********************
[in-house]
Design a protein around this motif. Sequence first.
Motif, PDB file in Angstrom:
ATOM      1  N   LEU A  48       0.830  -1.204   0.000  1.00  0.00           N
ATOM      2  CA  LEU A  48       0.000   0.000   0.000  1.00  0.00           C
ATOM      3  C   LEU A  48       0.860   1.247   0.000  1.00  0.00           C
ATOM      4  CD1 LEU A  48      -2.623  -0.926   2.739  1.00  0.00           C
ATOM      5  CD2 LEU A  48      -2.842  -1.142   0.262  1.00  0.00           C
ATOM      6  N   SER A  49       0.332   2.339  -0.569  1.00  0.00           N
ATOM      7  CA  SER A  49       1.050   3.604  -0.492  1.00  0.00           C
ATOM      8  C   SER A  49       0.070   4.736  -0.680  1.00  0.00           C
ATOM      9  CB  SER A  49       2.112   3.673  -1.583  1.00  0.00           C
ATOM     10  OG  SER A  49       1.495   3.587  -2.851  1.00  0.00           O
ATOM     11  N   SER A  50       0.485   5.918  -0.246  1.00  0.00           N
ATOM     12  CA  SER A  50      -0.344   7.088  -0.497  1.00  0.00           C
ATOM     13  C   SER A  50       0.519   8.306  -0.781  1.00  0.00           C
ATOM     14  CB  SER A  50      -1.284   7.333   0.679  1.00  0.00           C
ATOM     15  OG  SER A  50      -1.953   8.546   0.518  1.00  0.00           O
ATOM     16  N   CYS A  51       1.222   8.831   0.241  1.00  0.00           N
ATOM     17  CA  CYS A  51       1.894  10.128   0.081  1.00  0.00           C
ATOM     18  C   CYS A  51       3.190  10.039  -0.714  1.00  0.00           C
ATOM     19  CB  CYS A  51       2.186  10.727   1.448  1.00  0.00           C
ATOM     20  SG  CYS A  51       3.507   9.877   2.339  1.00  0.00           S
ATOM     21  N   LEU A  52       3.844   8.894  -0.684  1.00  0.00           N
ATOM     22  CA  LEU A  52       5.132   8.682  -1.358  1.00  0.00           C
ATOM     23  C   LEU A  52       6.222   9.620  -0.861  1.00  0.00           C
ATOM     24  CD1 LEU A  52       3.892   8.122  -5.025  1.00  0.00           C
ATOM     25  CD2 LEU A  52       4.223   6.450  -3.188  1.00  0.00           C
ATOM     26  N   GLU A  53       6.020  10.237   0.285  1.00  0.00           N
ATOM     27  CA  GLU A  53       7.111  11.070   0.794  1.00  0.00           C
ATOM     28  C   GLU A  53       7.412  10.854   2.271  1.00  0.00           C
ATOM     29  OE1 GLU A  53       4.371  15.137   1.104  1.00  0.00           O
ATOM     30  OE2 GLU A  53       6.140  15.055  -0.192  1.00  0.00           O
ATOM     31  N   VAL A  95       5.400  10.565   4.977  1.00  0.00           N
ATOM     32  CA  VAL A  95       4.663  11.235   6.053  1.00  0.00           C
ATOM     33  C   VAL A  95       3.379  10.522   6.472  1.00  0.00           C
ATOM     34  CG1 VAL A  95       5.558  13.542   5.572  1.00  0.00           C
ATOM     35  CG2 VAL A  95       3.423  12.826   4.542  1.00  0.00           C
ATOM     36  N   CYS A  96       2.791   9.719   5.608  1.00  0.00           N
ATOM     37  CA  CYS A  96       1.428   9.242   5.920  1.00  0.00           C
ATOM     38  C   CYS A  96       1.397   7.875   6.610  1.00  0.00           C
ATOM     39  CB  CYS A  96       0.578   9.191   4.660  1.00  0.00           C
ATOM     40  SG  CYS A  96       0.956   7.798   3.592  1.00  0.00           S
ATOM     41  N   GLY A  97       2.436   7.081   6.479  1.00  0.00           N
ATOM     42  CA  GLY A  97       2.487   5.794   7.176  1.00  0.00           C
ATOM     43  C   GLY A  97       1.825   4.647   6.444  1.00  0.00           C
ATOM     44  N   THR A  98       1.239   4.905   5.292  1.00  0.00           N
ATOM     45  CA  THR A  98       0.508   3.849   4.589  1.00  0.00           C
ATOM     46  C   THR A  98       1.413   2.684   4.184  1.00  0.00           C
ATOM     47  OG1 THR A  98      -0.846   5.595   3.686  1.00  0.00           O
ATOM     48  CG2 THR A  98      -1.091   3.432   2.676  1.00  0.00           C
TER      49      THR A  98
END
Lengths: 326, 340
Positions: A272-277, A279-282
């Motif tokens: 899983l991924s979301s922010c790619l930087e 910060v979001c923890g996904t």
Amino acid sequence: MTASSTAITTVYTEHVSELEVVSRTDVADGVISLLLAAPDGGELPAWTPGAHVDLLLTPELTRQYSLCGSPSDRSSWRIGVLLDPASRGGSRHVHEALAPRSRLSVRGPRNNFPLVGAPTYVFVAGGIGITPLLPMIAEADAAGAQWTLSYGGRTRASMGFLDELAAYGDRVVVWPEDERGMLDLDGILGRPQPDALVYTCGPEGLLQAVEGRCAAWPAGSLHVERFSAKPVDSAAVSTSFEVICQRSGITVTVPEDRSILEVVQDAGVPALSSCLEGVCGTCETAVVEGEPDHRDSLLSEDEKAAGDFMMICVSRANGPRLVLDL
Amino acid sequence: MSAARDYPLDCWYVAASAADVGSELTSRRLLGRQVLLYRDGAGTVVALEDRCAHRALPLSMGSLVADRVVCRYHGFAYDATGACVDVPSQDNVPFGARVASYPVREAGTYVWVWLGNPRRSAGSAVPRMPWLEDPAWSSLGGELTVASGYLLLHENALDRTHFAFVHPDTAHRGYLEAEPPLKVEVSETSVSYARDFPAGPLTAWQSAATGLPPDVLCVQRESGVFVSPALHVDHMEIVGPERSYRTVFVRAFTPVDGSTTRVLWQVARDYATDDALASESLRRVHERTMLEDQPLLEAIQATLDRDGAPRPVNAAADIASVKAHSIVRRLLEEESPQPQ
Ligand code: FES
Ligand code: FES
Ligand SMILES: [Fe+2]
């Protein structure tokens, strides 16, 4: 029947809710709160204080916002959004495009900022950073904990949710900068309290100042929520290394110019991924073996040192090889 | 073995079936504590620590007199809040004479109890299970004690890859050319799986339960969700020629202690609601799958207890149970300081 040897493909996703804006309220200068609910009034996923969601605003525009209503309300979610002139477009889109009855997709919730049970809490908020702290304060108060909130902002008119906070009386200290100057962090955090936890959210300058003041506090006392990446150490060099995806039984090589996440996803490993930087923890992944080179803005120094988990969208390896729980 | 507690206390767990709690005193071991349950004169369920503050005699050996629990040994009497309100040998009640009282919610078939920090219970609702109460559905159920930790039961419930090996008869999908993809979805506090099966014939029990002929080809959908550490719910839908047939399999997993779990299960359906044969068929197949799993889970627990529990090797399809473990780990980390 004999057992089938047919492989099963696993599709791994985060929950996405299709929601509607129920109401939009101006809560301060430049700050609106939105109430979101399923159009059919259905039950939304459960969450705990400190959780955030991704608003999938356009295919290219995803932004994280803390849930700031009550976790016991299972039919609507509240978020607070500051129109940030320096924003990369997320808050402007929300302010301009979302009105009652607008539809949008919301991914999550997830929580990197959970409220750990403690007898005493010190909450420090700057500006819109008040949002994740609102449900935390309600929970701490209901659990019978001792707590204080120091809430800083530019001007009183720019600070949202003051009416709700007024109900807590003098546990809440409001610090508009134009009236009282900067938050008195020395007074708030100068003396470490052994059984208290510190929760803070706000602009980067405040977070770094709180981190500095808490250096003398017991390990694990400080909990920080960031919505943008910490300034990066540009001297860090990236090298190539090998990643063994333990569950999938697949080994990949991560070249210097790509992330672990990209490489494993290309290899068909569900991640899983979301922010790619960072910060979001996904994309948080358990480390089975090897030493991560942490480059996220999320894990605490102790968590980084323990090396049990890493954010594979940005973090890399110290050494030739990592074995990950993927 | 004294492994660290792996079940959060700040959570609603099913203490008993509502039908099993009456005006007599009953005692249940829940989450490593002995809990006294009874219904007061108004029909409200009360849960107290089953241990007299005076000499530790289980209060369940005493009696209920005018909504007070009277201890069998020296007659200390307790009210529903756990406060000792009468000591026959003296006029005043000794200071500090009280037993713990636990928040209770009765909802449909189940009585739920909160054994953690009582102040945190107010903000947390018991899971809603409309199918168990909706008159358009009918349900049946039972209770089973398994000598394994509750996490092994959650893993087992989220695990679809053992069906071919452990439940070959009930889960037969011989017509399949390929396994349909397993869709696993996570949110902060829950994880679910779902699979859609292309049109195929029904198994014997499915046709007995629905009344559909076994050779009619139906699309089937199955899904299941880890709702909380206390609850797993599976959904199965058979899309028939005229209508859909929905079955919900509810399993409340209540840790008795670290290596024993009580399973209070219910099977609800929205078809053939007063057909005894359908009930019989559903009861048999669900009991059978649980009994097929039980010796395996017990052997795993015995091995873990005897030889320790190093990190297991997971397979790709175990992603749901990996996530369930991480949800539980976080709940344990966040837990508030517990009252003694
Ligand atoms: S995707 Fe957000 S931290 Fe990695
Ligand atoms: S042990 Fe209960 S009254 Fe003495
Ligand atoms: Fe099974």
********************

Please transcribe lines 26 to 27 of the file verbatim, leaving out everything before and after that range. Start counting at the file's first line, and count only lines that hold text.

ATOM     23  C   LEU A  52       6.222   9.620  -0.861  1.00  0.00           C
ATOM     24  CD1 LEU A  52       3.892   8.122  -5.025  1.00  0.00           C